School staff may often be the first people that parents speak to if they have concerns about their child’s mental health
Research by Green et al found that parents were more likely to seek support for their child’s mental health from school staff than any other professional.
An emotionally healthy school culture can support meaningful relationships between staff, pupils and parents.
Building positive relationships with parents will encourage them to openly share their concerns. Empathic and supportive responses from staff can offer parents guidance and reassurance if they need to make the often difficult first step of seeking help from other services.
Open communication between staff, parents and the school is therefore essential to collaboratively support children who are experiencing difficulties.
This in turn can help to lower stress for staff, parents and pupils.
So how to develop an emotionally healthy school culture? Here are my three suggestions:
Begin with a clear framework and incorporate a shared language and understanding, modelled day-to-day by the leaders in a school. Get staff, pupils and parents to regularly review and evaluate the policies and practices which support the culture you are aiming for so as to monitor the lived experience of the different members of the school community.
Interviews for new staff can involve a clear message that this is how we work together in this school, with the pupils and parents. Working here means being happy to buy into this.
Training in this approach and a general induction will allow time for discussion, questions, modelling and observations of others so that new members of staff can gradually incorporate into the culture.
Staff need firstly to feel confident in their shared approach to building relationships with parents. Then they can begin with inviting groups of parents to a brief discussion session on a particular topic of shared interest, keeping it light, collaborative and respectful.
The above can develop into staff offering longer sessions for parents on other areas such as supporting children with their social media use, understanding the teenage brain, and taking ideas from parents for discussion about their concerns for their children.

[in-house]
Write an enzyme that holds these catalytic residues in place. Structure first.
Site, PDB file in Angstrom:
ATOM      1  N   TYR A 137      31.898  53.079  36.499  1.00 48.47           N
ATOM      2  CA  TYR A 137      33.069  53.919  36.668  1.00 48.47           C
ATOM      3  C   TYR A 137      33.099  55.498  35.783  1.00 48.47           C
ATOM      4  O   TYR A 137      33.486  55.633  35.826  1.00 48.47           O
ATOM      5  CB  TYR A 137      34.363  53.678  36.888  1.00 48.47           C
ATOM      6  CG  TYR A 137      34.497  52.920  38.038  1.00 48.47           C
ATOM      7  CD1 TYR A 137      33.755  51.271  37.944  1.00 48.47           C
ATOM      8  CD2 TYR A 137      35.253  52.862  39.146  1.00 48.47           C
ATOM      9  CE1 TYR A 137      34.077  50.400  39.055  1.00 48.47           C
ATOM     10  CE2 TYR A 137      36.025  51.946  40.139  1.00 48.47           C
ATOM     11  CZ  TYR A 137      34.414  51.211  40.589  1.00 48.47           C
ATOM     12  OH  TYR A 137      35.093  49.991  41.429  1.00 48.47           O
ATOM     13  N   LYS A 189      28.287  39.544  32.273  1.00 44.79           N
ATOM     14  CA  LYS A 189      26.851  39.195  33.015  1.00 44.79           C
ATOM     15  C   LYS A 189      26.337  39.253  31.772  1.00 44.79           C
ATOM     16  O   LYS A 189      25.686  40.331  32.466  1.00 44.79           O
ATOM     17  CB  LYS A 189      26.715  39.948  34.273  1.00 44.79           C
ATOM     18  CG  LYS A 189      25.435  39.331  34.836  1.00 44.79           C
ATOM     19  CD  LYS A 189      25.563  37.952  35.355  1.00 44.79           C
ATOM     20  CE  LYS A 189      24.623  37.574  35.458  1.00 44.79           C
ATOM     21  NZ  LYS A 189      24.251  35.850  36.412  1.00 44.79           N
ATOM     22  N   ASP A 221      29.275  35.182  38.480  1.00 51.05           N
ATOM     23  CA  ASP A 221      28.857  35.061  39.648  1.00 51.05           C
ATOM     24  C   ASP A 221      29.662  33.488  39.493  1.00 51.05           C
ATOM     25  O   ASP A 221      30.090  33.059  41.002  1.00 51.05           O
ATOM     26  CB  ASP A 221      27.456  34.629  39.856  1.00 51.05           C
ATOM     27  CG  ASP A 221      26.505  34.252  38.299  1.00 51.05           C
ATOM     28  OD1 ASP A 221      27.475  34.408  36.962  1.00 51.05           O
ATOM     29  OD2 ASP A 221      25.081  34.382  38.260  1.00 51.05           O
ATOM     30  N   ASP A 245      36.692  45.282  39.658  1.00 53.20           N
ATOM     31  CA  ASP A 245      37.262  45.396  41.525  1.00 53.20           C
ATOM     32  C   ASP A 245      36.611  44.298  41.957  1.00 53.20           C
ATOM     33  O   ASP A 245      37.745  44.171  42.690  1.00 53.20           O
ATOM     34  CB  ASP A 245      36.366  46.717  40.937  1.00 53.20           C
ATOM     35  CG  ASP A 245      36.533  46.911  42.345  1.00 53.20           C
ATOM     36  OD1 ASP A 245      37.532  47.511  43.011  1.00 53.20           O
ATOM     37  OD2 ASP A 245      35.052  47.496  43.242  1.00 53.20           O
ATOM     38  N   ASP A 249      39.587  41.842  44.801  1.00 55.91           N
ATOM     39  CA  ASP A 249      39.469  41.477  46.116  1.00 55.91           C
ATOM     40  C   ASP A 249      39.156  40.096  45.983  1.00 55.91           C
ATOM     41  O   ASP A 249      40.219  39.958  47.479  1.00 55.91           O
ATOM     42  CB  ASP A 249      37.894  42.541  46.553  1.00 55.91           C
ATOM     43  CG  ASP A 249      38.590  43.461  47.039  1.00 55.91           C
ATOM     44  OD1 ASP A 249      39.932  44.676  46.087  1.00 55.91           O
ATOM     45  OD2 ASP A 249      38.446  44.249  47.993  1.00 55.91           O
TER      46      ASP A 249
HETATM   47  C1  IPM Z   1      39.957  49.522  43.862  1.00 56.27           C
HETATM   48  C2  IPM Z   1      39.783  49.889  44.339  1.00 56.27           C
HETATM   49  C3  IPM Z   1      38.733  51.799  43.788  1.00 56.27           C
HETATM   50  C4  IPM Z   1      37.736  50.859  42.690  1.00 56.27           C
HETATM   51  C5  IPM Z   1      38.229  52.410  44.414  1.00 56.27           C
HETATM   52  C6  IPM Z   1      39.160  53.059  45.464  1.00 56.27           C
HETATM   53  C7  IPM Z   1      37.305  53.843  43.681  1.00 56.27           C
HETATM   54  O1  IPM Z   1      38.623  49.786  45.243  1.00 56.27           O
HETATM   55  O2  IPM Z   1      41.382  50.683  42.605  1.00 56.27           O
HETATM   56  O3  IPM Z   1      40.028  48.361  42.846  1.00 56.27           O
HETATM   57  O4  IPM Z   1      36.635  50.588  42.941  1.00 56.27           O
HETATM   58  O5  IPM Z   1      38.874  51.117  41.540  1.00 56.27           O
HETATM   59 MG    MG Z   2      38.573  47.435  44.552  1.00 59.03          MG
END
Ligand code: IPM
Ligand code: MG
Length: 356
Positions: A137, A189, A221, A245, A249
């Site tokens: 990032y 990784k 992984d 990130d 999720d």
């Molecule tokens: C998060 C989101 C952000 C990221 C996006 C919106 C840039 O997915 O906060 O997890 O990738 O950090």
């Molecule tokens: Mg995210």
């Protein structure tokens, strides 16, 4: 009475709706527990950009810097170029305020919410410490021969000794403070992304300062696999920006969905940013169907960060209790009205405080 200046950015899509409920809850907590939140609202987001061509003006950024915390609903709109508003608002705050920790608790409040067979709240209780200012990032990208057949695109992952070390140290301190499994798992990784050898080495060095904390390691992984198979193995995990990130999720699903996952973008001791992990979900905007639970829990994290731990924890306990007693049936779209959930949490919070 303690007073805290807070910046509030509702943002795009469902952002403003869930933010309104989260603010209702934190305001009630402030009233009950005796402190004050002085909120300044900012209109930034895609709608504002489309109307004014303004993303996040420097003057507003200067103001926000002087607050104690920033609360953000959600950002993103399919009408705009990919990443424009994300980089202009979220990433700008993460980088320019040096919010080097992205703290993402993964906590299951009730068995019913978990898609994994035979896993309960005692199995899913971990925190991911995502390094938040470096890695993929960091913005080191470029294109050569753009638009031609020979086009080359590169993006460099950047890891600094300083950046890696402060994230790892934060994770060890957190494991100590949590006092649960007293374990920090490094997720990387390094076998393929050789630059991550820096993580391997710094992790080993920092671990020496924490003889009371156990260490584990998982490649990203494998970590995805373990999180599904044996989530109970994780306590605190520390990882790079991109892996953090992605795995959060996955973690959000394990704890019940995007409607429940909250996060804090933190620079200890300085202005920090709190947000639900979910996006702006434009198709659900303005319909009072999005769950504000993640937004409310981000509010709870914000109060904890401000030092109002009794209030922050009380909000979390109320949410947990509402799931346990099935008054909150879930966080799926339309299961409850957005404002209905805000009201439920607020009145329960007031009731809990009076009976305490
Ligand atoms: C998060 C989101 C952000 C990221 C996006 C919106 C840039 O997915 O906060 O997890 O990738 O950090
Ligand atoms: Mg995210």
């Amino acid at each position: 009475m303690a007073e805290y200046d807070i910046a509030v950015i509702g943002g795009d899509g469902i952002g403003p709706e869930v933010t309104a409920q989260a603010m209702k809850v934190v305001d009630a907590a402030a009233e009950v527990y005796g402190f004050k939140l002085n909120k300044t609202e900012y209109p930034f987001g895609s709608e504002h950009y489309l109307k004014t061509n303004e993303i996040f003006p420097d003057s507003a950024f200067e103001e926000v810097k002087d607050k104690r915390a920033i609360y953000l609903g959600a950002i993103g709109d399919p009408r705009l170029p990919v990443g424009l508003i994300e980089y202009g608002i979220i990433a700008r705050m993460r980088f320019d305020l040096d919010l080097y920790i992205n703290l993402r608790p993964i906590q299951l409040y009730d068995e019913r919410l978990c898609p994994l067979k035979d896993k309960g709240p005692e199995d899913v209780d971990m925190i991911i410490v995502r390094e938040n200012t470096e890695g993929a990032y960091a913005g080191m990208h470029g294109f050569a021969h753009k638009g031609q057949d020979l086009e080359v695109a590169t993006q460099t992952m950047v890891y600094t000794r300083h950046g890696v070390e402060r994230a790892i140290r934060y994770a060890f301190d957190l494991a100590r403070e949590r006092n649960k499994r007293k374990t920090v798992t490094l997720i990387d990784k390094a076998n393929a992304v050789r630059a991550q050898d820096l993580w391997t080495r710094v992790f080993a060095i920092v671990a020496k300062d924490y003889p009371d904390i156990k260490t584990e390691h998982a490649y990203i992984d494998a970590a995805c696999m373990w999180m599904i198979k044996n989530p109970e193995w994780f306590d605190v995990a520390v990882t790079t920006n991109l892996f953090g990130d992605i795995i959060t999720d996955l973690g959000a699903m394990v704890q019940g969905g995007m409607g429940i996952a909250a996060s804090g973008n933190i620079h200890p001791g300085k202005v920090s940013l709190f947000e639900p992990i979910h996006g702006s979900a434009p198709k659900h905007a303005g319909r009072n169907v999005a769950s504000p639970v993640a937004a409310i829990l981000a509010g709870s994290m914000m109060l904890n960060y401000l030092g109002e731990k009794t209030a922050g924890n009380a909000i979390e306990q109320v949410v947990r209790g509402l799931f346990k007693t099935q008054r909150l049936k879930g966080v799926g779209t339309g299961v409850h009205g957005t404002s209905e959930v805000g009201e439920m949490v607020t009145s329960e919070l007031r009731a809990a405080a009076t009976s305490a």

When parents have experienced such discussions and have developed respectful relationships with members of staff, it can become possible to engage them in a series of workshops or a longer programme such as the Family Links Nurturing Programme.
In this way parents can feel empowered: sharing strategies for managing boundaries with their children, understanding that feelings drive behaviours, considering ways to step back and respond rather than react, and thinking about adults modelling self-care for young people.
It can also be incredibly powerful for parents in helping them to realise that they are not alone and also fosters supportive relationships between parents.
The daily culture of a school is in this way the key to a genuine partnership with parents. If the leadership team models the approach and staff are supported to do the same and parents are engaged then a whole school framework for an emotionally healthy culture will take shape.
This then can allow for a hopeful, positive, collaborative environment bringing empathy and a non-judgmental approach in harder times.
There are so many benefits for all members of the school community in having a genuine partnership with parents; working together to support the pupils to develop good emotional and mental health is perhaps the most important one.
If our emotional health is good, we might have the strategies and resilience to manage better when our mental health is poor. When our emotional and mental health is good, we are best placed to support others.
All members of a school community will experience challenges to their emotional health, but within a supportive environment where relationships are trusting, attitudes, competencies and strategies can be developed that can help to manage these challenges.
This post was originally written by Mary Taylor for Ambition School Leadership. Find out more about what they do here.